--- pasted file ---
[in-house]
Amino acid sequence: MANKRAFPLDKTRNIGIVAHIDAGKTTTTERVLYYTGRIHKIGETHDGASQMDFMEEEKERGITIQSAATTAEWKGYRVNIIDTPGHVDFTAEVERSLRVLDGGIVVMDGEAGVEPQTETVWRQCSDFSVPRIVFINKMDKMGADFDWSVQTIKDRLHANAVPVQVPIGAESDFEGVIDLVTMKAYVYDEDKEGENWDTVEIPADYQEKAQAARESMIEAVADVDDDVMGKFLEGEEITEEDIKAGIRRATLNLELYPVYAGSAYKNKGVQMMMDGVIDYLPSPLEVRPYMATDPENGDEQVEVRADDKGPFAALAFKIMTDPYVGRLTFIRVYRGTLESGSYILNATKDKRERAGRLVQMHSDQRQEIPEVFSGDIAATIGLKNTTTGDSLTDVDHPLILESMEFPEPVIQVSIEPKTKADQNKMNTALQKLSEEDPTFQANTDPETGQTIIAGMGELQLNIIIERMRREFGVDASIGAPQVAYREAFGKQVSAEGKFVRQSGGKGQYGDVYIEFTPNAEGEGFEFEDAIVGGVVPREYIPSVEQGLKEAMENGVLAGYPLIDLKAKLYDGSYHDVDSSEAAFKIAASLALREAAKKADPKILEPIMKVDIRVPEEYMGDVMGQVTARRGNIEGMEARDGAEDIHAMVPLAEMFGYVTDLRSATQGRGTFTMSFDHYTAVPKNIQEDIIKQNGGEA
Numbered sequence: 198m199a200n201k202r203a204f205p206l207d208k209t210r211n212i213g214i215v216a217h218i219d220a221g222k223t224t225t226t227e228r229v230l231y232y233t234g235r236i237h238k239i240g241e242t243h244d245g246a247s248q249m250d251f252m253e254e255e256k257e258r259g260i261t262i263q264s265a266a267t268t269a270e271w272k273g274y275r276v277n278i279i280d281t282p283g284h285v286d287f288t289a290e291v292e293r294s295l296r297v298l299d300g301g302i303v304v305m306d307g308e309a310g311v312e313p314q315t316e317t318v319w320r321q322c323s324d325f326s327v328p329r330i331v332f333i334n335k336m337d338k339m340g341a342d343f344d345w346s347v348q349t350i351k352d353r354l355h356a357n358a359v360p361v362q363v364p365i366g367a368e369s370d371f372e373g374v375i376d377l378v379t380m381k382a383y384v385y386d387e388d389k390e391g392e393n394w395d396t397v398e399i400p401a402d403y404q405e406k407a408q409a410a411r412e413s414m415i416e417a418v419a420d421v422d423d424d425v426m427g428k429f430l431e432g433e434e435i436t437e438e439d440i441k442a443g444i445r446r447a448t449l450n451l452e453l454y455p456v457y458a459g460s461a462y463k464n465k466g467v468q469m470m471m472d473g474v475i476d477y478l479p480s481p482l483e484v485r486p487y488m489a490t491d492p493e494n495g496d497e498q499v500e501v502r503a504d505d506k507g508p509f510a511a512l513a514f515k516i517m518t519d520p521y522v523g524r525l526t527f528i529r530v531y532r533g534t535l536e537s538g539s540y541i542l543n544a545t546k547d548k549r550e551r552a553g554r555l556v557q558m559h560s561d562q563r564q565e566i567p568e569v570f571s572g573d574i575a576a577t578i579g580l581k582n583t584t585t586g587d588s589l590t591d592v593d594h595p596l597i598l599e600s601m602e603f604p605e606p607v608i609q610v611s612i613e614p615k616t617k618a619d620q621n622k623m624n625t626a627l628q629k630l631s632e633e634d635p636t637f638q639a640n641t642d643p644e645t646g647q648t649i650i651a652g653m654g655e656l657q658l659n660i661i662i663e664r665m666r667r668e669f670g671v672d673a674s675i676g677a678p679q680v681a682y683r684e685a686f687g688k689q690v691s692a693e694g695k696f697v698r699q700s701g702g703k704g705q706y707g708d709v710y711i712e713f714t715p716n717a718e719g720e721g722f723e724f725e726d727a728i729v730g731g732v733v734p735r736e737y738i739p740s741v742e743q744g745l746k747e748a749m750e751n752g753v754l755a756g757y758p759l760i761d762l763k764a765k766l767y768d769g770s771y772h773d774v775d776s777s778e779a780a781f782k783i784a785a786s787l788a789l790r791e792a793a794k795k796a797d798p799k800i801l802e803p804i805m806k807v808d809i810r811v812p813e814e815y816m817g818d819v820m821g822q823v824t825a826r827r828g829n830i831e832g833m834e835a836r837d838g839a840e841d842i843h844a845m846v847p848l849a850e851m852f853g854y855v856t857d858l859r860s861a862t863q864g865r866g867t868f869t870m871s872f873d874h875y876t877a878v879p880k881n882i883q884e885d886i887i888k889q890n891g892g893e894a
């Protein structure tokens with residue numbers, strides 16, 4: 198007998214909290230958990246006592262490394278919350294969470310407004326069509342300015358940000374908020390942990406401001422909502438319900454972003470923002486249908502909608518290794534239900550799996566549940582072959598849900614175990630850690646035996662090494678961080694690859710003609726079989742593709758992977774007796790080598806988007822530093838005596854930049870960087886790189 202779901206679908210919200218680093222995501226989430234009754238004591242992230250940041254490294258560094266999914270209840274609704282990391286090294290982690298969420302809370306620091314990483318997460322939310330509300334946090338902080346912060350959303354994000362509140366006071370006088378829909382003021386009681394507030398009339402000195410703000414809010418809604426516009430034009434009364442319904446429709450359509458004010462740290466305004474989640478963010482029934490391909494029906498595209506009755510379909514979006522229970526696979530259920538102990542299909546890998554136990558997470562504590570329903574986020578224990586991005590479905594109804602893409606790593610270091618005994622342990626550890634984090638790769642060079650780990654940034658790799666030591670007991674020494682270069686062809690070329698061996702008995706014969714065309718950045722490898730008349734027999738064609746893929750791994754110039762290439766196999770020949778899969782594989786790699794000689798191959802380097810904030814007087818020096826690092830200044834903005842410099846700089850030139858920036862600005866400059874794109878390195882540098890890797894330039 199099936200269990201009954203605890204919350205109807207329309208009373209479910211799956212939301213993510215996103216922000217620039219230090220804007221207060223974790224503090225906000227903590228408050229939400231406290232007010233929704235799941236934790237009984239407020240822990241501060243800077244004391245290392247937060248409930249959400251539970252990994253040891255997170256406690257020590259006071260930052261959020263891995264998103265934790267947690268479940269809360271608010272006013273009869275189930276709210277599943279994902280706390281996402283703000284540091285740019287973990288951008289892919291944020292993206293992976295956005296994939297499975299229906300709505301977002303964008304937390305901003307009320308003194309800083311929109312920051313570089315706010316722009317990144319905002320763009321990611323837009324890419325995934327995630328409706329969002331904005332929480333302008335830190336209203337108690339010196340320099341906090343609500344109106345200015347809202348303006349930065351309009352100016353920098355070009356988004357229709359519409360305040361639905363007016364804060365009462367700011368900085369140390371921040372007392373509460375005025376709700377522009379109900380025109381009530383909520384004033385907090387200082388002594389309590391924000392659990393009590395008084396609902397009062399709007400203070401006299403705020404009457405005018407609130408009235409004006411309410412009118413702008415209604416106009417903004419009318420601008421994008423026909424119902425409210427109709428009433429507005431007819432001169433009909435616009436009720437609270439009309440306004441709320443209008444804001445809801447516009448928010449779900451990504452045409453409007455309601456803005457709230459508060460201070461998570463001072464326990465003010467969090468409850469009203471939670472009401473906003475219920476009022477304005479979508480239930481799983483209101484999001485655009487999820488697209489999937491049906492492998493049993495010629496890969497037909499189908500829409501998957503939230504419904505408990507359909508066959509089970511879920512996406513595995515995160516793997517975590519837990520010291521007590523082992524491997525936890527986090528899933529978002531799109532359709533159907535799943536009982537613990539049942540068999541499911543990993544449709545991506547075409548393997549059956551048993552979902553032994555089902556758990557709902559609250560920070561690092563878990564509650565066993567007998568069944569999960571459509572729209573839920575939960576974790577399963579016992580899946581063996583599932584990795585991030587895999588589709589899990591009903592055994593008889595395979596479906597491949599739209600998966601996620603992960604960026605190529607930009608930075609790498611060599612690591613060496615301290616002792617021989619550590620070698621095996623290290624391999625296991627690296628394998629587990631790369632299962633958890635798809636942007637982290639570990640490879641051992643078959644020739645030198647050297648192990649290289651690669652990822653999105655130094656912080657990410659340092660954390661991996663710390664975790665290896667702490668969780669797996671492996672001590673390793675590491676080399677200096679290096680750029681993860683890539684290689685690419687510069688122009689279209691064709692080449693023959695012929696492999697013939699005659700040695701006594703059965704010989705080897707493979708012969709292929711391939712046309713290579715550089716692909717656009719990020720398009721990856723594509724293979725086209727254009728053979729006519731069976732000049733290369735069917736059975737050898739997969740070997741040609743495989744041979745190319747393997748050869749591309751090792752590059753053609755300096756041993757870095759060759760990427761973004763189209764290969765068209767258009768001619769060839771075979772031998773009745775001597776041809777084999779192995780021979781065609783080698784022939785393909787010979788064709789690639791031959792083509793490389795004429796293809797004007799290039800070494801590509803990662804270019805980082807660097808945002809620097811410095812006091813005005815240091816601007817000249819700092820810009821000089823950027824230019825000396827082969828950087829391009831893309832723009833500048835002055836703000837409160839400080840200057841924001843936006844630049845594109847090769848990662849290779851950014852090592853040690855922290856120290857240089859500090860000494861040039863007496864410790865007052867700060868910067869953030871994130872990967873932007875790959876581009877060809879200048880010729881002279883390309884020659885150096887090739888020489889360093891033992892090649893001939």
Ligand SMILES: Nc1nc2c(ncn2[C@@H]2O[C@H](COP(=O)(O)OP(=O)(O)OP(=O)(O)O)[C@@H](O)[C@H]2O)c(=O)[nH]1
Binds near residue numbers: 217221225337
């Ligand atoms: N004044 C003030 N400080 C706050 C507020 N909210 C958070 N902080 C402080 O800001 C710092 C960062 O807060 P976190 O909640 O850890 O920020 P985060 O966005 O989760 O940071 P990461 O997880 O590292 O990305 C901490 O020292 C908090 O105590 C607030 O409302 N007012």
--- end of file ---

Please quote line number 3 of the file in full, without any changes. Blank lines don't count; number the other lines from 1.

Numbered sequence: 198m199a200n201k202r203a204f205p206l207d208k209t210r211n212i213g214i215v216a217h218i219d220a221g222k223t224t225t226t227e228r229v230l231y232y233t234g235r236i237h238k239i240g241e242t243h244d245g246a247s248q249m250d251f252m253e254e255e256k257e258r259g260i261t262i263q264s265a266a267t268t269a270e271w272k273g274y275r276v277n278i279i280d281t282p283g284h285v286d287f288t289a290e291v292e293r294s295l296r297v298l299d300g301g302i303v304v305m306d307g308e309a310g311v312e313p314q315t316e317t318v319w320r321q322c323s324d325f326s327v328p329r330i331v332f333i334n335k336m337d338k339m340g341a342d343f344d345w346s347v348q349t350i351k352d353r354l355h356a357n358a359v360p361v362q363v364p365i366g367a368e369s370d371f372e373g374v375i376d377l378v379t380m381k382a383y384v385y386d387e388d389k390e391g392e393n394w395d396t397v398e399i400p401a402d403y404q405e406k407a408q409a410a411r412e413s414m415i416e417a418v419a420d421v422d423d424d425v426m427g428k429f430l431e432g433e434e435i436t437e438e439d440i441k442a443g444i445r446r447a448t449l450n451l452e453l454y455p456v457y458a459g460s461a462y463k464n465k466g467v468q469m470m471m472d473g474v475i476d477y478l479p480s481p482l483e484v485r486p487y488m489a490t491d492p493e494n495g496d497e498q499v500e501v502r503a504d505d506k507g508p509f510a511a512l513a514f515k516i517m518t519d520p521y522v523g524r525l526t527f528i529r530v531y532r533g534t535l536e537s538g539s540y541i542l543n544a545t546k547d548k549r550e551r552a553g554r555l556v557q558m559h560s561d562q563r564q565e566i567p568e569v570f571s572g573d574i575a576a577t578i579g580l581k582n583t584t585t586g587d588s589l590t591d592v593d594h595p596l597i598l599e600s601m602e603f604p605e606p607v608i609q610v611s612i613e614p615k616t617k618a619d620q621n622k623m624n625t626a627l628q629k630l631s632e633e634d635p636t637f638q639a640n641t642d643p644e645t646g647q648t649i650i651a652g653m654g655e656l657q658l659n660i661i662i663e664r665m666r667r668e669f670g671v672d673a674s675i676g677a678p679q680v681a682y683r684e685a686f687g688k689q690v691s692a693e694g695k696f697v698r699q700s701g702g703k704g705q706y707g708d709v710y711i712e713f714t715p716n717a718e719g720e721g722f723e724f725e726d727a728i729v730g731g732v733v734p735r736e737y738i739p740s741v742e743q744g745l746k747e748a749m750e751n752g753v754l755a756g757y758p759l760i761d762l763k764a765k766l767y768d769g770s771y772h773d774v775d776s777s778e779a780a781f782k783i784a785a786s787l788a789l790r791e792a793a794k795k796a797d798p799k800i801l802e803p804i805m806k807v808d809i810r811v812p813e814e815y816m817g818d819v820m821g822q823v824t825a826r827r828g829n830i831e832g833m834e835a836r837d838g839a840e841d842i843h844a845m846v847p848l849a850e851m852f853g854y855v856t857d858l859r860s861a862t863q864g865r866g867t868f869t870m871s872f873d874h875y876t877a878v879p880k881n882i883q884e885d886i887i888k889q890n891g892g893e894a